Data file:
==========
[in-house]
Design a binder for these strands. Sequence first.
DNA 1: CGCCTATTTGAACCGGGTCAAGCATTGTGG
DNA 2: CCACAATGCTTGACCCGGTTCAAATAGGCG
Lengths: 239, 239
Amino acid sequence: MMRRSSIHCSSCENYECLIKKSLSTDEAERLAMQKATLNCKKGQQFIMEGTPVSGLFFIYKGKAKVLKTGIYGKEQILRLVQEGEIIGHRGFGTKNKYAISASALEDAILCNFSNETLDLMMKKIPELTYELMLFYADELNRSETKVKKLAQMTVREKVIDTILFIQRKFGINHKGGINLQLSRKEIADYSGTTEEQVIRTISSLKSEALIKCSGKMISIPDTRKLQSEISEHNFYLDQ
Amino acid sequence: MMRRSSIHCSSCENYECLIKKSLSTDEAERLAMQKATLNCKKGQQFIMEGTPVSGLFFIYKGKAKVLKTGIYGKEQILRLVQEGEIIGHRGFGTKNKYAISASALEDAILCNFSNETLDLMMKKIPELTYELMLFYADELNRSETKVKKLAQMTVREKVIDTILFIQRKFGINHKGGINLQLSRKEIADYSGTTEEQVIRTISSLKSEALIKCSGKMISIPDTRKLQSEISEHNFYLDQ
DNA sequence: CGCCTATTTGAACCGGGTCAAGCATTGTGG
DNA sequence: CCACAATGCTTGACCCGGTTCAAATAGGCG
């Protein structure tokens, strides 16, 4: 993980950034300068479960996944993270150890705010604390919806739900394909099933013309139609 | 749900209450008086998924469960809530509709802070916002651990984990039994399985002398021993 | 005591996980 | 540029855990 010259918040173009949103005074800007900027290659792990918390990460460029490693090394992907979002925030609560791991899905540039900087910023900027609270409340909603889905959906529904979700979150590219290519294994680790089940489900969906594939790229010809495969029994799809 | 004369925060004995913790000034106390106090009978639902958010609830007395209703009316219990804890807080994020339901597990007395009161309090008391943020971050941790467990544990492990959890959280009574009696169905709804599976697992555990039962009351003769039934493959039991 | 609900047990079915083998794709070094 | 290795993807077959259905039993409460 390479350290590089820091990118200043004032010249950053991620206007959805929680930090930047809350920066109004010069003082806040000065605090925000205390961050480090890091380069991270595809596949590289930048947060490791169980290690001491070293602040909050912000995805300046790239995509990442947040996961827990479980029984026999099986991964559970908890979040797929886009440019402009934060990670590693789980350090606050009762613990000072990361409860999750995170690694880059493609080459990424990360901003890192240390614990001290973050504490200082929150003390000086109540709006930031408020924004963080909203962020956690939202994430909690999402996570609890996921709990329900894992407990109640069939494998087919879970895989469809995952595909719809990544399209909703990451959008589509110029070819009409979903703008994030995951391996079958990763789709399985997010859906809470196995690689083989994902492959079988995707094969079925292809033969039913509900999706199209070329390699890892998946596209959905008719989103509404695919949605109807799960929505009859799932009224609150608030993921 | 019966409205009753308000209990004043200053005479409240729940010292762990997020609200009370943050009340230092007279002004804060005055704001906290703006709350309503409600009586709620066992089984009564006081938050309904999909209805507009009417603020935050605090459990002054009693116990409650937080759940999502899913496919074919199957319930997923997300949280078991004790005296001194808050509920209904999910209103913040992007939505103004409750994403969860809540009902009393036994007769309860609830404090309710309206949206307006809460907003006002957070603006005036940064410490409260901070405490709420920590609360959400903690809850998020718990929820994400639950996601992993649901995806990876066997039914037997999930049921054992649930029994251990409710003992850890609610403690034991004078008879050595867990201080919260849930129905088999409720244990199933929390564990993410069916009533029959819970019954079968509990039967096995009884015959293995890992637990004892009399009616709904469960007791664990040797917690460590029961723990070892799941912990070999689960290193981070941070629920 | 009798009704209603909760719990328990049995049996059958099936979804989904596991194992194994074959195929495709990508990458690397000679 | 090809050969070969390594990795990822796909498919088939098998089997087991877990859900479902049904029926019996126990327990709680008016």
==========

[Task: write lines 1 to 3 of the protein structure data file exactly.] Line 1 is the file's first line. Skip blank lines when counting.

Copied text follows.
[in-house]
Design a binder for these strands. Sequence first.
DNA 1: CGCCTATTTGAACCGGGTCAAGCATTGTGG